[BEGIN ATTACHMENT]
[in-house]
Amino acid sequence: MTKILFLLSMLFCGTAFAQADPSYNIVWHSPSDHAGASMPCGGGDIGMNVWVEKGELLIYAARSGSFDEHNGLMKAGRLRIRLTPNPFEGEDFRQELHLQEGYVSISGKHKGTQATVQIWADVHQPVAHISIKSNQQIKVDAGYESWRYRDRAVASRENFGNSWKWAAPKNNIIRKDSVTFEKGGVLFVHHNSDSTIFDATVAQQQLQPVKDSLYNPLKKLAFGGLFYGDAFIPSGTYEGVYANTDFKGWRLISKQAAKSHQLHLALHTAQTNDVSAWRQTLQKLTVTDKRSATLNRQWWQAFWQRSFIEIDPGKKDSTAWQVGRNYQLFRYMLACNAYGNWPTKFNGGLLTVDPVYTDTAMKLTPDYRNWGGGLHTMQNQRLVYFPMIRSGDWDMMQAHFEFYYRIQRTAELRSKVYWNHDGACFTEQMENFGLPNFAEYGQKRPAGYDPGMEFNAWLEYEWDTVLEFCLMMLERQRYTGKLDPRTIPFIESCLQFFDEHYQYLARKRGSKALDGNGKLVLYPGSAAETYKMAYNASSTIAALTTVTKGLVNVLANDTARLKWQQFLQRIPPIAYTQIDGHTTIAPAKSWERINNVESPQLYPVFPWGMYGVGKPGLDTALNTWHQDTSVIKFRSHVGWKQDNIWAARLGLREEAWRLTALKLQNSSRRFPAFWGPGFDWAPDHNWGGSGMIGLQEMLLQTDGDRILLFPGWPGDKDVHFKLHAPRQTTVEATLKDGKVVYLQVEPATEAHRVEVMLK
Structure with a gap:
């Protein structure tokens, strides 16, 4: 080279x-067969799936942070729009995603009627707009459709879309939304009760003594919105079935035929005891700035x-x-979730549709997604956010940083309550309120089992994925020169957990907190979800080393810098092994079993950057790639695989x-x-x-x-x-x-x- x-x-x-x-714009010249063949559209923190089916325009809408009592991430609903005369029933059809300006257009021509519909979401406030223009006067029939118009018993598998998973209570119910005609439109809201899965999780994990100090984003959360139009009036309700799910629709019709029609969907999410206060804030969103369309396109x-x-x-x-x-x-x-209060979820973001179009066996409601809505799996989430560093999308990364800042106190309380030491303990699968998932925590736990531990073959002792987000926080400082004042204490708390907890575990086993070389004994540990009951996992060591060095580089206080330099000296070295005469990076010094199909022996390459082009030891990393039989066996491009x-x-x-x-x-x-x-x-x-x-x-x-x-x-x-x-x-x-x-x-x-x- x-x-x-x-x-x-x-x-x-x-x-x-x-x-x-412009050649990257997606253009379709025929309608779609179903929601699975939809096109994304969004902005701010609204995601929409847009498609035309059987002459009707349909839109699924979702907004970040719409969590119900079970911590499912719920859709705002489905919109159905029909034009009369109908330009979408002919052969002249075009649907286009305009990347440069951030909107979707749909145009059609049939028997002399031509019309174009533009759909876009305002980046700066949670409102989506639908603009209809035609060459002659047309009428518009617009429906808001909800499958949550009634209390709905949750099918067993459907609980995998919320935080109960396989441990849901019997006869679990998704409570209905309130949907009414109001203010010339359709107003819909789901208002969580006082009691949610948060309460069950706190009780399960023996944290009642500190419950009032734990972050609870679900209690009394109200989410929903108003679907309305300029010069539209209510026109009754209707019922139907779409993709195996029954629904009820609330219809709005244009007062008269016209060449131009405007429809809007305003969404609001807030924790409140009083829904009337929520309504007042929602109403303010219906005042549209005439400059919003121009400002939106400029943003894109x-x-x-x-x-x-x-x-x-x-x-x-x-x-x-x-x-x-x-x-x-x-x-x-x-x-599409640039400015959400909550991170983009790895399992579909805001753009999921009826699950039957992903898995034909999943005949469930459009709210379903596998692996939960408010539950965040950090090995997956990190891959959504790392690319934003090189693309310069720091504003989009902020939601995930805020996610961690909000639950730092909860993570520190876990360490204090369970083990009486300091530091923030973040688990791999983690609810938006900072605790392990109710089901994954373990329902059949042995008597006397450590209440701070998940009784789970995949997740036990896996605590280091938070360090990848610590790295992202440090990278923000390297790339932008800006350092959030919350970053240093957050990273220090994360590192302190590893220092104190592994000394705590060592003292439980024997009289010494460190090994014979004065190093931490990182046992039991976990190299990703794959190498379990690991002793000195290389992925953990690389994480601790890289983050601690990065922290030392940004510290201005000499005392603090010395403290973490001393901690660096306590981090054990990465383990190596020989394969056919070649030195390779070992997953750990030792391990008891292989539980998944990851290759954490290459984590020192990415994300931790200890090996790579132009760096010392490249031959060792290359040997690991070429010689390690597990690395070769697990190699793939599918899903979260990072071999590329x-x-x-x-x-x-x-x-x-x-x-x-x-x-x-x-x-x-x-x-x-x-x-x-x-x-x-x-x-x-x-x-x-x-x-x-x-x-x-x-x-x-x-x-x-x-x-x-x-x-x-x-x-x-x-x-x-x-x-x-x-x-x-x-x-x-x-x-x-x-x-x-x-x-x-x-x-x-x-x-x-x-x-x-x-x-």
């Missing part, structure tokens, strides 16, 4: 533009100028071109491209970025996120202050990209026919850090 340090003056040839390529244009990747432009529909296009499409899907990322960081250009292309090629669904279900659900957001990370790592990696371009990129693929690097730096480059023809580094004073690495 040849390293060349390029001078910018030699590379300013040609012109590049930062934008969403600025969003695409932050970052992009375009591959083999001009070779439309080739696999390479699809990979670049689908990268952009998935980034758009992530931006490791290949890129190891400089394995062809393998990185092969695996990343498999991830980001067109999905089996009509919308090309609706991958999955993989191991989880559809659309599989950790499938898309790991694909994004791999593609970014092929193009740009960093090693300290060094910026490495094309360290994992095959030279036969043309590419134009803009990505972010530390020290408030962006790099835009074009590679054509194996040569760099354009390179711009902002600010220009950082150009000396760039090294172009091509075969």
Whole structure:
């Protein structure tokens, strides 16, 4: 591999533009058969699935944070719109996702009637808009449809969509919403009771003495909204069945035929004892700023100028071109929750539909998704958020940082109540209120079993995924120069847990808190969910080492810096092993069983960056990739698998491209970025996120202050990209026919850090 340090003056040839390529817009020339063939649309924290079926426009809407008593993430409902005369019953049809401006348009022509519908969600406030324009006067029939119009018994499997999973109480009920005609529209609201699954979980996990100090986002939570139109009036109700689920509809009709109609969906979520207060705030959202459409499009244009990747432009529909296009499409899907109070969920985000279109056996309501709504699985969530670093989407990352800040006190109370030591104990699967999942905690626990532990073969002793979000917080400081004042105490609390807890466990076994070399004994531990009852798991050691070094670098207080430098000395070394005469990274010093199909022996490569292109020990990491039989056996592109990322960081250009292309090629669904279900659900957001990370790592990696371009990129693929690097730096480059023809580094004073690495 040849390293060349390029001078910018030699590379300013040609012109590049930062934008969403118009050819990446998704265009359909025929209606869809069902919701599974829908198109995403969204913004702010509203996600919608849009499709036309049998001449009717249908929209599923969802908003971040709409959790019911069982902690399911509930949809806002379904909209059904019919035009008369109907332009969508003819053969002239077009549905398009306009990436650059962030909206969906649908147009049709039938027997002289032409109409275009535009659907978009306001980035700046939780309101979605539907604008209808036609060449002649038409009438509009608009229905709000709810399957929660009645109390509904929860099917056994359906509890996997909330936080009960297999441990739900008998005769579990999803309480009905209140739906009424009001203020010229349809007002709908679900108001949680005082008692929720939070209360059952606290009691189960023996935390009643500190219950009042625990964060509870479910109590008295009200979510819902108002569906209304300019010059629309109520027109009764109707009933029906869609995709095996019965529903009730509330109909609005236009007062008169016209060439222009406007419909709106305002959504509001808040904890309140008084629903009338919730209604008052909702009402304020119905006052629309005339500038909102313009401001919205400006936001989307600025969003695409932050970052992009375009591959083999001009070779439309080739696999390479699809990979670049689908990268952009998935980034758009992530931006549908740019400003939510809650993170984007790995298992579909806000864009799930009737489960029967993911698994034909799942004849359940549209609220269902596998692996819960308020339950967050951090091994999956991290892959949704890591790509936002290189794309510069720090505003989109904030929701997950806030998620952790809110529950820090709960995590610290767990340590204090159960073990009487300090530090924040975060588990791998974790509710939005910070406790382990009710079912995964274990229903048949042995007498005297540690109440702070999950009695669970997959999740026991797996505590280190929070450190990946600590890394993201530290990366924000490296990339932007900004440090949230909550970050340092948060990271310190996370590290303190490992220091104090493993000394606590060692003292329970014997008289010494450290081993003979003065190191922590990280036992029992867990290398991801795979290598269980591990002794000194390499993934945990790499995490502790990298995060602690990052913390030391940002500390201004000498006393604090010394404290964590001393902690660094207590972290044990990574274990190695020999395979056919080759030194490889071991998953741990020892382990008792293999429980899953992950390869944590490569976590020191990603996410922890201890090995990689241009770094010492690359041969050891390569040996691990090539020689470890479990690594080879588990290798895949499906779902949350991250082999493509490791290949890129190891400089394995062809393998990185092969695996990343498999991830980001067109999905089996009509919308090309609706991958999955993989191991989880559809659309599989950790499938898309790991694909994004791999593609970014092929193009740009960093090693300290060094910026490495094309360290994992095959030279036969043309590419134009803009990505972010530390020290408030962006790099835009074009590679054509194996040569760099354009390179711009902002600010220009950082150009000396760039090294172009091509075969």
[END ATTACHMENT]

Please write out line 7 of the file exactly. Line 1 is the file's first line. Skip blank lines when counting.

């Protein structure tokens, strides 16, 4: 591999533009058969699935944070719109996702009637808009449809969509919403009771003495909204069945035929004892700023100028071109929750539909998704958020940082109540209120079993995924120069847990808190969910080492810096092993069983960056990739698998491209970025996120202050990209026919850090 340090003056040839390529817009020339063939649309924290079926426009809407008593993430409902005369019953049809401006348009022509519908969600406030324009006067029939119009018994499997999973109480009920005609529209609201699954979980996990100090986002939570139109009036109700689920509809009709109609969906979520207060705030959202459409499009244009990747432009529909296009499409899907109070969920985000279109056996309501709504699985969530670093989407990352800040006190109370030591104990699967999942905690626990532990073969002793979000917080400081004042105490609390807890466990076994070399004994531990009852798991050691070094670098207080430098000395070394005469990274010093199909022996490569292109020990990491039989056996592109990322960081250009292309090629669904279900659900957001990370790592990696371009990129693929690097730096480059023809580094004073690495 040849390293060349390029001078910018030699590379300013040609012109590049930062934008969403118009050819990446998704265009359909025929209606869809069902919701599974829908198109995403969204913004702010509203996600919608849009499709036309049998001449009717249908929209599923969802908003971040709409959790019911069982902690399911509930949809806002379904909209059904019919035009008369109907332009969508003819053969002239077009549905398009306009990436650059962030909206969906649908147009049709039938027997002289032409109409275009535009659907978009306001980035700046939780309101979605539907604008209808036609060449002649038409009438509009608009229905709000709810399957929660009645109390509904929860099917056994359906509890996997909330936080009960297999441990739900008998005769579990999803309480009905209140739906009424009001203020010229349809007002709908679900108001949680005082008692929720939070209360059952606290009691189960023996935390009643500190219950009042625990964060509870479910109590008295009200979510819902108002569906209304300019010059629309109520027109009764109707009933029906869609995709095996019965529903009730509330109909609005236009007062008169016209060439222009406007419909709106305002959504509001808040904890309140008084629903009338919730209604008052909702009402304020119905006052629309005339500038909102313009401001919205400006936001989307600025969003695409932050970052992009375009591959083999001009070779439309080739696999390479699809990979670049689908990268952009998935980034758009992530931006549908740019400003939510809650993170984007790995298992579909806000864009799930009737489960029967993911698994034909799942004849359940549209609220269902596998692996819960308020339950967050951090091994999956991290892959949704890591790509936002290189794309510069720090505003989109904030929701997950806030998620952790809110529950820090709960995590610290767990340590204090159960073990009487300090530090924040975060588990791998974790509710939005910070406790382990009710079912995964274990229903048949042995007498005297540690109440702070999950009695669970997959999740026991797996505590280190929070450190990946600590890394993201530290990366924000490296990339932007900004440090949230909550970050340092948060990271310190996370590290303190490992220091104090493993000394606590060692003292329970014997008289010494450290081993003979003065190191922590990280036992029992867990290398991801795979290598269980591990002794000194390499993934945990790499995490502790990298995060602690990052913390030391940002500390201004000498006393604090010394404290964590001393902690660094207590972290044990990574274990190695020999395979056919080759030194490889071991998953741990020892382990008792293999429980899953992950390869944590490569976590020191990603996410922890201890090995990689241009770094010492690359041969050891390569040996691990090539020689470890479990690594080879588990290798895949499906779902949350991250082999493509490791290949890129190891400089394995062809393998990185092969695996990343498999991830980001067109999905089996009509919308090309609706991958999955993989191991989880559809659309599989950790499938898309790991694909994004791999593609970014092929193009740009960093090693300290060094910026490495094309360290994992095959030279036969043309590419134009803009990505972010530390020290408030962006790099835009074009590679054509194996040569760099354009390179711009902002600010220009950082150009000396760039090294172009091509075969």